Assessing Pain

Pain is hard to talk about. It’s a very personal experience, so it’s little wonder it is sometimes hard for another person to understand exactly what someone with pain is going through. Describing pain intensity is a good example of this. There’s good evidence that highlights GPs find it very hard to accurately assess this; the more severe the pain, generally, the wider they are of the mark. If GPs, who are highly trained doctors & skilled communicators struggle, then it’s little wonder others can too.

To try and get round this, over the years many researchers have designed & published questionnaires to try and add to our clinical assessment of pain. These questionnaires are often called ‘tools’ and are usually rigorously tested & validated before being released for use. Sitting down & talking to a clinician is called ‘subjective’ assessment; filling in questionnaires is a type of ‘objective’ assessment. Probably the best assessments combine both.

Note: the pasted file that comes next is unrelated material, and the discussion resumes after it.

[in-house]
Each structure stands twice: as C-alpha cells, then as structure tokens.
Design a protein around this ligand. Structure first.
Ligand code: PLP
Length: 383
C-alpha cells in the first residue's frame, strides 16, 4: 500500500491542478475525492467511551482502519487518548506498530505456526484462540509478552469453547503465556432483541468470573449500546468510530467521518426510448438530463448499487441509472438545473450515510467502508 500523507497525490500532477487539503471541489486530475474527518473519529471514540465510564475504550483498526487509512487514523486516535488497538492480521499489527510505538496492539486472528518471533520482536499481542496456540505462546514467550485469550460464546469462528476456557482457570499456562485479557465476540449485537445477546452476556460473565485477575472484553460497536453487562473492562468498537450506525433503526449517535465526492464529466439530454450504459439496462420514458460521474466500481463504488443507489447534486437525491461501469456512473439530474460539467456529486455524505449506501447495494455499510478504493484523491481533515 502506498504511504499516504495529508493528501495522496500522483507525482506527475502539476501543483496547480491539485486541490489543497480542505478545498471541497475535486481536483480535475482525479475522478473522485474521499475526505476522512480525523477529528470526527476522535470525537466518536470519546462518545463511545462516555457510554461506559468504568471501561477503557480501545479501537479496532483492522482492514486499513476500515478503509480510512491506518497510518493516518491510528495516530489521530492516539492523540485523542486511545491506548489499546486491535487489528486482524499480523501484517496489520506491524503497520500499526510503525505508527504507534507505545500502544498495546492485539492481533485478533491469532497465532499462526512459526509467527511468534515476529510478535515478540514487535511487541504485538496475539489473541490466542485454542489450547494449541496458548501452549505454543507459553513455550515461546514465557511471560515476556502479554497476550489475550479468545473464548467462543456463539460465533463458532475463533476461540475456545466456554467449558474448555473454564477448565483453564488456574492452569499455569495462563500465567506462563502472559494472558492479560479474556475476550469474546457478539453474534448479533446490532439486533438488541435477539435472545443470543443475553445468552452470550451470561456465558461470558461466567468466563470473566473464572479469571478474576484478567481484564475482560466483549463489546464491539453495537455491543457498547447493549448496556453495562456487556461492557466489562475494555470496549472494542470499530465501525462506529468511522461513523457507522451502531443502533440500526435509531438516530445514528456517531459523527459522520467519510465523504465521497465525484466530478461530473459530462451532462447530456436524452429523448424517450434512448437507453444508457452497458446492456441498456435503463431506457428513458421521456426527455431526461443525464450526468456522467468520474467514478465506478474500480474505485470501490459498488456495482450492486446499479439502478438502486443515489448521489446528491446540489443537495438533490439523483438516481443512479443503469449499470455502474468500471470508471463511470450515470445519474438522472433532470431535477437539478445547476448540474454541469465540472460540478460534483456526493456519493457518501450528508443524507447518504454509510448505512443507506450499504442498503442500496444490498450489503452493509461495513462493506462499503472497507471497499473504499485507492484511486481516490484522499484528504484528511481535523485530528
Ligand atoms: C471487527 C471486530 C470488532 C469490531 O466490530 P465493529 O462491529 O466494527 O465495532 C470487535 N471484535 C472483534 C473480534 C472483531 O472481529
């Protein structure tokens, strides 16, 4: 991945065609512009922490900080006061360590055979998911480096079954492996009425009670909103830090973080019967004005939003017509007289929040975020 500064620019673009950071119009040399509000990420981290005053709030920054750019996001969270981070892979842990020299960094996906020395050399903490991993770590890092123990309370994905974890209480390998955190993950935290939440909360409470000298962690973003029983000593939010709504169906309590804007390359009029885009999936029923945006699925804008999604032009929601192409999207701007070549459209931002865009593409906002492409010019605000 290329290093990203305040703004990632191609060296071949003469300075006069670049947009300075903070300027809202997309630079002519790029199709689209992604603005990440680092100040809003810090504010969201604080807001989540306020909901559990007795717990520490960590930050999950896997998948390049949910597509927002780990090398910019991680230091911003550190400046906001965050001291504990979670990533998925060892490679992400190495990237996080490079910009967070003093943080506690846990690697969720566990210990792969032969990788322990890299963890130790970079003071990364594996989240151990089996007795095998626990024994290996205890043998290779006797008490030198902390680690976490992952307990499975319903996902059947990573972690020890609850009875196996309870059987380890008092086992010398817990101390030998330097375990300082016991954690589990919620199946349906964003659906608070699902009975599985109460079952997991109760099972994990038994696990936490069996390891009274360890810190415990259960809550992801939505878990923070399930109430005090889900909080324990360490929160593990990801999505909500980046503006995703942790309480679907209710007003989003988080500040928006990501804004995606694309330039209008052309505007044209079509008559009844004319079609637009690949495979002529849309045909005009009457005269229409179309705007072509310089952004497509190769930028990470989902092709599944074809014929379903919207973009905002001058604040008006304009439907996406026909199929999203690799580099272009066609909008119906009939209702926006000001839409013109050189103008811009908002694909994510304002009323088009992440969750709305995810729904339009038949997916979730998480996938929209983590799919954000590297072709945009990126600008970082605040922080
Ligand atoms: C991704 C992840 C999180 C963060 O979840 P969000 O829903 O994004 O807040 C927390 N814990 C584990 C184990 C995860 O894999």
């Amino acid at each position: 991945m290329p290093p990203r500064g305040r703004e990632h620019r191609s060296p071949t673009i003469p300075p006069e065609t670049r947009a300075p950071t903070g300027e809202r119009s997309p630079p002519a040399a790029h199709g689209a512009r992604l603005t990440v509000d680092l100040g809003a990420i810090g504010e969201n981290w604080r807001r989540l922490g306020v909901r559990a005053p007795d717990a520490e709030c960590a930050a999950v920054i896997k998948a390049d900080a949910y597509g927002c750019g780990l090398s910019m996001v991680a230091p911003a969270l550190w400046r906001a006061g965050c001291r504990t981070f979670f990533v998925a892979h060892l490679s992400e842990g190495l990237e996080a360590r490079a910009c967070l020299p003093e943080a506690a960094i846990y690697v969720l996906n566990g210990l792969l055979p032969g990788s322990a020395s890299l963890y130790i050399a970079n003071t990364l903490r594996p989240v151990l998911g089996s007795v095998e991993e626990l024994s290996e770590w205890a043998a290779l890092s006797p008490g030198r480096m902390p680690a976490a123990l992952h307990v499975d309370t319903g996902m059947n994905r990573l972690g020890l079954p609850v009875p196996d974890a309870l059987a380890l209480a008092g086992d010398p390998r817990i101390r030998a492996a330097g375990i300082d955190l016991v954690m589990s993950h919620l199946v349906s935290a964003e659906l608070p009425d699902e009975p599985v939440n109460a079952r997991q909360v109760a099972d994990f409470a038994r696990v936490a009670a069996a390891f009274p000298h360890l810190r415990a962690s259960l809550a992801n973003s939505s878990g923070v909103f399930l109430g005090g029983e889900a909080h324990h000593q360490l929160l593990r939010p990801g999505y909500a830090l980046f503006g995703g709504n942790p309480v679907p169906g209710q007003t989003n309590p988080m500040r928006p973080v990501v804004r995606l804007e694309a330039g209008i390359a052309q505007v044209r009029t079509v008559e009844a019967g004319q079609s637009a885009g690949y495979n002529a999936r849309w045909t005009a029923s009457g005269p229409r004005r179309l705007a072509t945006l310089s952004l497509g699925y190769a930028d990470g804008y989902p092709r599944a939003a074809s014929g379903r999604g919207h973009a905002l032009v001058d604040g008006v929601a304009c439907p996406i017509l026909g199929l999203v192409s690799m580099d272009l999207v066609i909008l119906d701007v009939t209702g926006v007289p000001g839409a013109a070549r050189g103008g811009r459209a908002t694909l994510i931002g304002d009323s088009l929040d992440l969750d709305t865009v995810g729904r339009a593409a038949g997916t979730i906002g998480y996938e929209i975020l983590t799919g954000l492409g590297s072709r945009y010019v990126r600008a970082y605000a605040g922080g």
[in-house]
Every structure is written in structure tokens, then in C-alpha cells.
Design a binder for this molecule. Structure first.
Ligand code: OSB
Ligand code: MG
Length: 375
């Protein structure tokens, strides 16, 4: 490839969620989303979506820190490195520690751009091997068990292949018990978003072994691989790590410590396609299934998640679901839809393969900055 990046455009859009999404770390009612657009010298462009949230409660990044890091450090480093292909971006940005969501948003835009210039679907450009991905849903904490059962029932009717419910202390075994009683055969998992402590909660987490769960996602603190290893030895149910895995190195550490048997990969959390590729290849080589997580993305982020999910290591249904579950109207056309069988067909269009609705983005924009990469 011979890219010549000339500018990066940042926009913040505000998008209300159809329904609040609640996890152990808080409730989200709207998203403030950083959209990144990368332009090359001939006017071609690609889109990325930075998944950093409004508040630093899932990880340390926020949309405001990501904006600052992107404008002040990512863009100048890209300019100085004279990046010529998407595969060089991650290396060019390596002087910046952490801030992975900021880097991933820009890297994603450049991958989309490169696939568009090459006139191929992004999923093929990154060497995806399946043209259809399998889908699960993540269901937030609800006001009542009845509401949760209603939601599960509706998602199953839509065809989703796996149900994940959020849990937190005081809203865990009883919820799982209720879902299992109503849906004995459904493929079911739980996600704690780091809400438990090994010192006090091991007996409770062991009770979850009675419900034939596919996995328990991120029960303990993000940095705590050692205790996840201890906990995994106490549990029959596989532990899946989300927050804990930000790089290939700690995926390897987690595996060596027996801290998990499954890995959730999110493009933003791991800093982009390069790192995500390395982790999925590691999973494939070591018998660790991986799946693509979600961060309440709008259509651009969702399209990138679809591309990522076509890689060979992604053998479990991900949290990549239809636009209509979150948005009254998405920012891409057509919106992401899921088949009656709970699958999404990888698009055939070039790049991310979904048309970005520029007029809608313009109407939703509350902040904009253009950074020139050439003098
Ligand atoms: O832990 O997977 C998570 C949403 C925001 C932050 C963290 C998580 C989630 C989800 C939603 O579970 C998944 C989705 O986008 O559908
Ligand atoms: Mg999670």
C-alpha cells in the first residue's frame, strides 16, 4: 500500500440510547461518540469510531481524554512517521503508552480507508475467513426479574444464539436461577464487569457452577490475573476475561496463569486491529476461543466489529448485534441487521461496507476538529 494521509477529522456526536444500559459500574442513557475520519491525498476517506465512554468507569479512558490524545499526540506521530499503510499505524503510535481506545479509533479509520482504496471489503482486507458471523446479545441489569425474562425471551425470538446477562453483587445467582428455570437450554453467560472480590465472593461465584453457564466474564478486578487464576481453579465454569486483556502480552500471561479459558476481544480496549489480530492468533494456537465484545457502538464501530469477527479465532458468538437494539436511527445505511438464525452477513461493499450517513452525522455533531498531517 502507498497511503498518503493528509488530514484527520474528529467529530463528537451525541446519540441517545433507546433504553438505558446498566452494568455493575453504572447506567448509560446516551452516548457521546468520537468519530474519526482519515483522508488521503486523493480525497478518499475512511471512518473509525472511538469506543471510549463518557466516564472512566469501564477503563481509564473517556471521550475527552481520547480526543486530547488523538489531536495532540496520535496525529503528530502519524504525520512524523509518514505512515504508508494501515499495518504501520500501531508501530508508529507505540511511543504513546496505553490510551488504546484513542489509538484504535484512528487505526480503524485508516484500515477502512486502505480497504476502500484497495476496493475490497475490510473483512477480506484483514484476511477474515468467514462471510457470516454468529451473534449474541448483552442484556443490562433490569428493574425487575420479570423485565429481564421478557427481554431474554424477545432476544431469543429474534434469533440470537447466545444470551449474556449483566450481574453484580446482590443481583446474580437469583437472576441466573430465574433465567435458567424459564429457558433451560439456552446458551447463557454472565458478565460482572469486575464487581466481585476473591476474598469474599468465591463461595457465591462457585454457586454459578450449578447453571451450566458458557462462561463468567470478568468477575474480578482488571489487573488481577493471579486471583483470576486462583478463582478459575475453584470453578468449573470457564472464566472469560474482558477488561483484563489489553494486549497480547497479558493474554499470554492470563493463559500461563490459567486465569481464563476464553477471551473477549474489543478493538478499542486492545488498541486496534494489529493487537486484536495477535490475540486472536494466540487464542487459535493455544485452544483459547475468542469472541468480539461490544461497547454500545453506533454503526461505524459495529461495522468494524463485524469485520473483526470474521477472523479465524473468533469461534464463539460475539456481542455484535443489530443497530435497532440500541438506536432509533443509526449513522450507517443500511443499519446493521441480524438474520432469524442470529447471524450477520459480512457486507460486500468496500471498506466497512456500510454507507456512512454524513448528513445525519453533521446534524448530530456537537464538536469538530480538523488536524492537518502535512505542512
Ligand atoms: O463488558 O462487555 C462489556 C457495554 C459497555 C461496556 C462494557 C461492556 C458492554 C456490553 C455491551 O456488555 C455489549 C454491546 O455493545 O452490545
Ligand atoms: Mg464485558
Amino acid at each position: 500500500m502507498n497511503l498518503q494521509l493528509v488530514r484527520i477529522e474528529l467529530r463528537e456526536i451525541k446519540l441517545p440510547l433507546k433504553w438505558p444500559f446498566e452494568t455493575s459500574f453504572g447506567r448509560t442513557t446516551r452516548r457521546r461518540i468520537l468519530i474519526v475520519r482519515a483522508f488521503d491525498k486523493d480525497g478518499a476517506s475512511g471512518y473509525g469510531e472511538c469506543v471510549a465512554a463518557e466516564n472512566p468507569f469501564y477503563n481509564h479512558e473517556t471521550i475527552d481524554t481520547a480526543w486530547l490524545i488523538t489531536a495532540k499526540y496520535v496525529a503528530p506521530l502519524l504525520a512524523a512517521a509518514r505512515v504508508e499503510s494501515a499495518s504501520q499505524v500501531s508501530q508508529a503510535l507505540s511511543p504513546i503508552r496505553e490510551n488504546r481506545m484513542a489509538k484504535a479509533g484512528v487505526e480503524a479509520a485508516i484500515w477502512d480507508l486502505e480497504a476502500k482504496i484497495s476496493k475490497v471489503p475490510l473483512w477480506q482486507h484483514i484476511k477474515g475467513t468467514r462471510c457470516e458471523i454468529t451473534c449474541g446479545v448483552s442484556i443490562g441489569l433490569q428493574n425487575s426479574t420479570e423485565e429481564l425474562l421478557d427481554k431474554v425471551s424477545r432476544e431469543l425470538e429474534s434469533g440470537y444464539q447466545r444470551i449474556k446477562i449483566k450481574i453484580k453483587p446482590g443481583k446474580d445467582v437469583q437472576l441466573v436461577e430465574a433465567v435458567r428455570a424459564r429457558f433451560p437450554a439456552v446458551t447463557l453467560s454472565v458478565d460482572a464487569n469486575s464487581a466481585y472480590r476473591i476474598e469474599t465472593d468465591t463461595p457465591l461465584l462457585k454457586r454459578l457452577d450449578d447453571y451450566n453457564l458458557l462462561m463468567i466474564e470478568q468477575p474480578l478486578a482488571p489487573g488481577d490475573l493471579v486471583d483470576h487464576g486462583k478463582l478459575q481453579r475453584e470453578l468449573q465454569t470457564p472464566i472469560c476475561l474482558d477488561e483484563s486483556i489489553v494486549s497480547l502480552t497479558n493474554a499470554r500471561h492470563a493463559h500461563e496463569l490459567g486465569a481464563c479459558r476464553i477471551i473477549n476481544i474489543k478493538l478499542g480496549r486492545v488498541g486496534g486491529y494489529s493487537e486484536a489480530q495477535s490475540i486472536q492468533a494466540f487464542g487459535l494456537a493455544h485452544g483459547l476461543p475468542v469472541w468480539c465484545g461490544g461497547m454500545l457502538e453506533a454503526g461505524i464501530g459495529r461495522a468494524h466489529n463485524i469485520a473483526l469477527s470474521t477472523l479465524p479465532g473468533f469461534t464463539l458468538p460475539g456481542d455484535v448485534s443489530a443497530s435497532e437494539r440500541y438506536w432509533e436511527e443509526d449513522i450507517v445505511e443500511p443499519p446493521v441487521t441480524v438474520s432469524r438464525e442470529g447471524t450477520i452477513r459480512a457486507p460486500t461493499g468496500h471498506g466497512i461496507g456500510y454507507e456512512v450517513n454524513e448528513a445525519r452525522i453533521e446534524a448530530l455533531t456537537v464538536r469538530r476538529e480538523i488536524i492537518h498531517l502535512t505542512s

• Screening tools
  • Measurement tools
  • Pre-screening tools

A screening tool is a type of questionnaire designed to try and find out if someone is likely to have a particular condition or illness. These tools need to be good at not missing the diagnosis (called sensitivity) but also not mistakenly diagnose people who haven’t got the problem (called specificity).

Screening tools are different to measurement tools. Measurement tools look at how good or bad something is (e.g. sleep), and often can be used again & again (repeatability) to review progress.

Before we start please answer the following 2 questions:

During the past two weeks, has it often been too painful to do many of your day-to-day activities?

yes/no

During the past two weeks, has your pain been bad enough to often make you feel worried or low in mood?

yes/no

If you answered yes to either of the two questions you might benefit from focusing more closely on optimising your wellbeing and functionality. There’s good evidence that when pain is complex  it’s smart to look at you as a whole & not just try to reduce the pain. This will improve chances of a good recovery.